A new generation of street artists has revitalized interest in the graffiti and street art genres and imbued them with fresh meaning. Bristol, England, native Banksy (21) is likely the most well-known artist affiliated with the street art movement today. (22) Though he aims to remain anonymous (23) and is known only by his pseudonym, (24) Banksy is renowned for stenciling irreverent, politically charged street art pieces on walls around the globe. (25) Banksy's street notoriety has created a vigorous demand for his canvas-based works, which routinely sell through mainstream galleries. (26) But despite his commercial success, Banksy continues to create uncompensated, uncommissioned street art on walls and bridges throughout the world.

      Street art's rising popularity in recent years is reflected in both films and museum exhibits recognizing the genre. Banksy is credited with directing the 2010 Oscar-nominated documentary Exit Through the Gift Shop, which depicts a thriving, energetic street art subculture. (27) Among the film's dozens of subjects is Los Angeles-based street artist Shepard Fairey, (28) known for his "Obey" sticker campaign featuring wrestler Andre the Giant, and for creating the iconic "Hope" poster promoting then-presidential candidate Barack Obama. (29) The film also features the Space Invaders video game-inspired work of artist Invader, who cleverly integrates tiled mosaics into urban landscapes in cities around the world. (30) Film is not the only medium through which street artists have been acknowledged recently. The Museum of Contemporary Art in Los Angeles hosted "Art in the Streets" during the summer of 2011, (31) one of the first exhibits ever to showcase street art and graffiti. (32) The show was extraordinarily popular, drawing more visitors than any other exhibit in the museum's history. (33)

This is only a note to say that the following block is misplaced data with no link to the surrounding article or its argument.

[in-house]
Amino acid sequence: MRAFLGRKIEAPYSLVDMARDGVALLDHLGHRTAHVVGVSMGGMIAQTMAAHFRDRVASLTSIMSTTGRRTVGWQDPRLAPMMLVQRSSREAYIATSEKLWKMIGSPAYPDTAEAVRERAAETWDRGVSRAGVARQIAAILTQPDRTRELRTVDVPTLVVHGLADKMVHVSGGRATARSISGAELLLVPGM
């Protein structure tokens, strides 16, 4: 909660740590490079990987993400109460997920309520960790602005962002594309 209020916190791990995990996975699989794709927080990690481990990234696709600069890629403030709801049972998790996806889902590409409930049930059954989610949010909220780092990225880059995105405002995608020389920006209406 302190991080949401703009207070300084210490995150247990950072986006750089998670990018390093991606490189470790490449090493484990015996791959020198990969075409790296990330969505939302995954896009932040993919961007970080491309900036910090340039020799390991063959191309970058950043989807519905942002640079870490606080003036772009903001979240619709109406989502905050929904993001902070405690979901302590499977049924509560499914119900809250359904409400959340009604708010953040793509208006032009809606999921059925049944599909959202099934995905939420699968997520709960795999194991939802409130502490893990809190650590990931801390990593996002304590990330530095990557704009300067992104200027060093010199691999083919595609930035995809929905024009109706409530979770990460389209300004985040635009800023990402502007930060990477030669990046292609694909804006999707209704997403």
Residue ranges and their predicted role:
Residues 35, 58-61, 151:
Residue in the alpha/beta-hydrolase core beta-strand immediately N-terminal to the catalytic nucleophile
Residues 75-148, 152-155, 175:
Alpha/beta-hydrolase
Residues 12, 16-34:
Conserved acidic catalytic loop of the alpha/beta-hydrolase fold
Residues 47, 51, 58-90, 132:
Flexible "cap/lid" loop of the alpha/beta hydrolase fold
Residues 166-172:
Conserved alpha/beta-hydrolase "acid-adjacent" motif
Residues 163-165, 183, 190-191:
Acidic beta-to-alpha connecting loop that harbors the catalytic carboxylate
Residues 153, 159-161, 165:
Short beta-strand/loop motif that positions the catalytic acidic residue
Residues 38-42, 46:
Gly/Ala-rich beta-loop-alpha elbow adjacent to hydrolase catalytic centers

2. Graffiti and Uncommissioned Art Defined

      Perhaps in part due to the art world's recognition of street art and the negative connotations evoked by the word "graffiti," art historians seem reticent to refer to artistically meritorious works as "graffiti," preferring the term "street art" instead. (34) The graffiti-street art distinction has no legal significance, however, and municipal ordinances define graffiti far more broadly than the popular conception of the term. (35) Therefore, in the interest of clarity, this Note defines a few key terms early in its analysis.

      First, "graffiti" in this Note means any unsanctioned marking of a surface. This expansive definition reflects how municipalities define the term. It is important to note that this conception of graffiti encompasses what many in the art world call "street art" as well as other related genres--including murals, pieces, throw-ups, graffiti writing, and gang graffiti (36)--as long as the work in question is created without prior authorization from the property owner. Second, "uncommissioned art" in this Note means any graffiti (37) that a property owner wishes to keep on his private property. (38)

      Importantly, this Note does not attempt to define art in any normative sense, nor does it argue that the First Amendment only protects those works meeting some objective standard of...